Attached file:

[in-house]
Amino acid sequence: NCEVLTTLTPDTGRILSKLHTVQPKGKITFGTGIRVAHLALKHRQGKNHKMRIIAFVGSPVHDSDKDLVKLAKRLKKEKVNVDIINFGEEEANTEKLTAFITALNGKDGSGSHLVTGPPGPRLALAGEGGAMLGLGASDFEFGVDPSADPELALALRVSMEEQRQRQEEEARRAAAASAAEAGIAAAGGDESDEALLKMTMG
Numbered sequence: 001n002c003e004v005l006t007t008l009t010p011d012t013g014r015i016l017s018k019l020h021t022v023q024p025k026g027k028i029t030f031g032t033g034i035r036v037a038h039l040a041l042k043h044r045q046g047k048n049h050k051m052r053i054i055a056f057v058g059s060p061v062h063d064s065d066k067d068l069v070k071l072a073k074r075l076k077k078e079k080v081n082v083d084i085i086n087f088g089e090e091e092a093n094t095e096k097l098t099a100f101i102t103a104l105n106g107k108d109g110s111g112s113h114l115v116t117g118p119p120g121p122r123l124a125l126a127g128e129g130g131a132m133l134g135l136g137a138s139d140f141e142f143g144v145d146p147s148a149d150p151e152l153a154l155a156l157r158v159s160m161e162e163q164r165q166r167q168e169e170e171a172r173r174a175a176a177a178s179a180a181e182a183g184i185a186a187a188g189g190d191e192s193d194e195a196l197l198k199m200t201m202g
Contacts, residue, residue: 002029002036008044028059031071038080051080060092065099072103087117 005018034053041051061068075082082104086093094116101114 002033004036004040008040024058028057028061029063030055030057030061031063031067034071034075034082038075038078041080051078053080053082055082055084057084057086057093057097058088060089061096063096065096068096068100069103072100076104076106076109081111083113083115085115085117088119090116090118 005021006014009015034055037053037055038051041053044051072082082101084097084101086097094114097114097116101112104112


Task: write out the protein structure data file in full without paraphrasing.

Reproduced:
[in-house]
Amino acid sequence: NCEVLTTLTPDTGRILSKLHTVQPKGKITFGTGIRVAHLALKHRQGKNHKMRIIAFVGSPVHDSDKDLVKLAKRLKKEKVNVDIINFGEEEANTEKLTAFITALNGKDGSGSHLVTGPPGPRLALAGEGGAMLGLGASDFEFGVDPSADPELALALRVSMEEQRQRQEEEARRAAAASAAEAGIAAAGGDESDEALLKMTMG
Numbered sequence: 001n002c003e004v005l006t007t008l009t010p011d012t013g014r015i016l017s018k019l020h021t022v023q024p025k026g027k028i029t030f031g032t033g034i035r036v037a038h039l040a041l042k043h044r045q046g047k048n049h050k051m052r053i054i055a056f057v058g059s060p061v062h063d064s065d066k067d068l069v070k071l072a073k074r075l076k077k078e079k080v081n082v083d084i085i086n087f088g089e090e091e092a093n094t095e096k097l098t099a100f101i102t103a104l105n106g107k108d109g110s111g112s113h114l115v116t117g118p119p120g121p122r123l124a125l126a127g128e129g130g131a132m133l134g135l136g137a138s139d140f141e142f143g144v145d146p147s148a149d150p151e152l153a154l155a156l157r158v159s160m161e162e163q164r165q166r167q168e169e170e171a172r173r174a175a176a177a178s179a180a181e182a183g184i185a186a187a188g189g190d191e192s193d194e195a196l197l198k199m200t201m202g
Contacts, residue, residue: 002029002036008044028059031071038080051080060092065099072103087117 005018034053041051061068075082082104086093094116101114 002033004036004040008040024058028057028061029063030055030057030061031063031067034071034075034082038075038078041080051078053080053082055082055084057084057086057093057097058088060089061096063096065096068096068100069103072100076104076106076109081111083113083115085115085117088119090116090118 005021006014009015034055037053037055038051041053044051072082082101084097084101086097094114097114097116101112104112